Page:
How do libertarians become libertarians? For some, it’s a compelling speaker at convention or on a podcast. Others are drawn to the principles their friends choose to live by, absorbed through meaningful conversation. And for many of us, there’s reading involved! Within the LPKS, many of us learned of the values of freedom through books and articles penned by some of the past century’s greatest minds. Here’s what your colleagues and freethinkers around the state recommend…
From Sharon DuBois, former Vice Chair:
“This is the book I would recommend to anyone interested in understanding the principles underlying libertarianism. It is clear, concise, and very readable.”
“Although I have not read this book, I own a copy of the public television series, and it is stunning. I found myself yelling “Yes!” at the TV more than once.”
LPKS member Jon Lane enjoys F.A. Hayek’s Road to Serfdom (1944), and shares his favorite quotes:
In a country where the sole employer is the state, opposition means death by slow starvation. The old principal; who does not work shall not eat, has been replaced by a new one: who does not obey shall not eat. – Leon Trotsky (1937)
The finest opportunity ever given to the world was thrown away because the passion for equality made vain the hope for freedom. -Lord Acton
From Marketing/Advertising Director Olivia Hayse:
“I am currently reading “Economics In One Lesson” by Henry Hazlitt and wow! Even though it was written a while ago, it’s amazing how relevant it is to current day. I’ve been starting to notice the tactics mentioned in the book all around me. It’s scary how his warnings were not heeded by now and how much work we as Libertarians have to do!”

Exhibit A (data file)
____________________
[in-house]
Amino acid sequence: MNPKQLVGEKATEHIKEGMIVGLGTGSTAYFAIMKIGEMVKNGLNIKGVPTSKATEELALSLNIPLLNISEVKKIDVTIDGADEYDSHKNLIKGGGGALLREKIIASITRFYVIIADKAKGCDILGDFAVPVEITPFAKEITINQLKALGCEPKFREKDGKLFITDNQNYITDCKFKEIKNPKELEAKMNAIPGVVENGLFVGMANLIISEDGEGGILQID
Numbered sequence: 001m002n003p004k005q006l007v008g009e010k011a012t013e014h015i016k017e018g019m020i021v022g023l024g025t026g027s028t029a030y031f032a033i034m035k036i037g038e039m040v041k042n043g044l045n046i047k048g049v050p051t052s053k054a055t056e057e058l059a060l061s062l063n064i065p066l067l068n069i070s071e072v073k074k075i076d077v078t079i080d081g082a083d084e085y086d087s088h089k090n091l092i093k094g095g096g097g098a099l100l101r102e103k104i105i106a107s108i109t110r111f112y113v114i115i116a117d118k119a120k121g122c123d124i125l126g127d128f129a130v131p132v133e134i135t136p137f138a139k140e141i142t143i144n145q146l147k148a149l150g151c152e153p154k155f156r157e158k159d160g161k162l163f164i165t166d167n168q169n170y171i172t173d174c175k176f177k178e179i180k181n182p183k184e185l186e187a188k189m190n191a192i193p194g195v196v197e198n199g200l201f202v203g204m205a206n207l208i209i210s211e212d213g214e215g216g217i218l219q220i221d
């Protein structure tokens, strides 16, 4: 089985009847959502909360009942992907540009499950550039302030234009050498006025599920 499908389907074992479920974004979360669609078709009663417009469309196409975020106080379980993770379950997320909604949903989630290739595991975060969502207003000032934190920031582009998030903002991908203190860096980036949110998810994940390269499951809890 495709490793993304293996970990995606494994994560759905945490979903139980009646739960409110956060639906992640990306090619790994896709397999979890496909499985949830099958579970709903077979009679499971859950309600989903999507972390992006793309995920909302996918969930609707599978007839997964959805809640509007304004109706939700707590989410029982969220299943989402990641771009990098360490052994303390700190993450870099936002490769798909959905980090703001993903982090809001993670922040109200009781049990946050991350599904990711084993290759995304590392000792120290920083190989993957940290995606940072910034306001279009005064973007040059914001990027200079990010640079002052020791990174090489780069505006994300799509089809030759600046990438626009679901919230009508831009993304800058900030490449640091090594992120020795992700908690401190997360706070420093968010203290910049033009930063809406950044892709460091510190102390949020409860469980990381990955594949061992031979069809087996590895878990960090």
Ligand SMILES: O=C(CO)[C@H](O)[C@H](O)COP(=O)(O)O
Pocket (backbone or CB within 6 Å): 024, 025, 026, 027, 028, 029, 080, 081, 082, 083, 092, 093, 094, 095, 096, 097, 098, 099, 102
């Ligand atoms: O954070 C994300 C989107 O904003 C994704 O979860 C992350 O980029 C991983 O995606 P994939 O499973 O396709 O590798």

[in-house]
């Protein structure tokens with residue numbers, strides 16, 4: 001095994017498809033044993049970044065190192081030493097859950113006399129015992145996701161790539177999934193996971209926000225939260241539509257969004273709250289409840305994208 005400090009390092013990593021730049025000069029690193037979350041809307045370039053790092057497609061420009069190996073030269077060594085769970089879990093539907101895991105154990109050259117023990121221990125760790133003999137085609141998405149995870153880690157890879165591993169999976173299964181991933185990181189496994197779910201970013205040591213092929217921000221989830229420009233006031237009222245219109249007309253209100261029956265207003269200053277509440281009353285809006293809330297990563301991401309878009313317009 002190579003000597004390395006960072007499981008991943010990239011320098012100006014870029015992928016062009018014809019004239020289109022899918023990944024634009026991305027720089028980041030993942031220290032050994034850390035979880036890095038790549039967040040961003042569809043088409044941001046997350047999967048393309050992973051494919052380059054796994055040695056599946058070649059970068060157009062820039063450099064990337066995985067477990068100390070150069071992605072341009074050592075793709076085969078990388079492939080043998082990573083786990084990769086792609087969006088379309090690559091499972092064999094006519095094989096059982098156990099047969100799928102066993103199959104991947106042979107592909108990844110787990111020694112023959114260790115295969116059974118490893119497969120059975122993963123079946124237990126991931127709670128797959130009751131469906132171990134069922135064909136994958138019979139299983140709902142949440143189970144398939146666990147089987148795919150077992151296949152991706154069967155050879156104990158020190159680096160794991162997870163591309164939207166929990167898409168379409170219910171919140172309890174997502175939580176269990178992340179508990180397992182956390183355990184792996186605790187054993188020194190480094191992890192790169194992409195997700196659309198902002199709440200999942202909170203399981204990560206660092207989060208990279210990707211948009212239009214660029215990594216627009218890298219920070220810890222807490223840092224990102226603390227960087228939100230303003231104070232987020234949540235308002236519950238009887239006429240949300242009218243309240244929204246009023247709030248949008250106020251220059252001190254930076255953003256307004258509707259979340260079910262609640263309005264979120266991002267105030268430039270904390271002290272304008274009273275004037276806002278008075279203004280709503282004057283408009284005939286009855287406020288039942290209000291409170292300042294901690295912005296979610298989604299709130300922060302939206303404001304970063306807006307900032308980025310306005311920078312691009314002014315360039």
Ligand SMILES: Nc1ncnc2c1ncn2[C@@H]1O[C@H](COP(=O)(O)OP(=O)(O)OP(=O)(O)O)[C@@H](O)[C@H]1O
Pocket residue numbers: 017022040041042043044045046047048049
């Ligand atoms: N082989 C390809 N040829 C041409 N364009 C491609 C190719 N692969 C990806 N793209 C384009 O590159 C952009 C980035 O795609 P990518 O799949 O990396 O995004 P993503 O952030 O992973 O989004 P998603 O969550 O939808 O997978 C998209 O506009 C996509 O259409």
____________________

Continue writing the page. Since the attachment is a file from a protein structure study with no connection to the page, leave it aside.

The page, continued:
“I had already long been a libertarian when I found this revolutionary space thriller, but it probably catapulted me to being an anarchist. Plus it is usually credited with being the source for the TANSTAAFL quip.”
– Ned Kelley, former LPKS Chair
Matt Clark, LPKS Candidate Recruitment, recommends a few.
“The books I remember most down my road to conversion were James Madison and the Struggle for the Bill of Rights by Richard Labunski, then Take a Stand by Rand Paul, The Libertarian Mind by David Boaz, and finally, Turn Neither to the Right Nor to the Left by Eric Schansberg. The last is a deep dive into the intersection of Christianity and governance. If you haven’t read much on that topic, it is a good one, but not a quick easy read.”
One of my (Allison‘s) earliest liberty reads was a fairly radical one. Against the State: An Anarcho-Capitalist Manifesto by Lew Rockwell showed me in the clearest terms how the U.S. government has become an overpowering behemoth, and what damage and violence it does to its citizens as a result (namely, through wars). It also teaches a different view of what most Americans perceive as typical crime and punishment.
Hey Kansans: do you have more impactful books for us? Send your recommendations to firstname.lastname@example.org and we’ll add yours to this list. Happy page-turning! – Allison Ross, LPKS Communications Director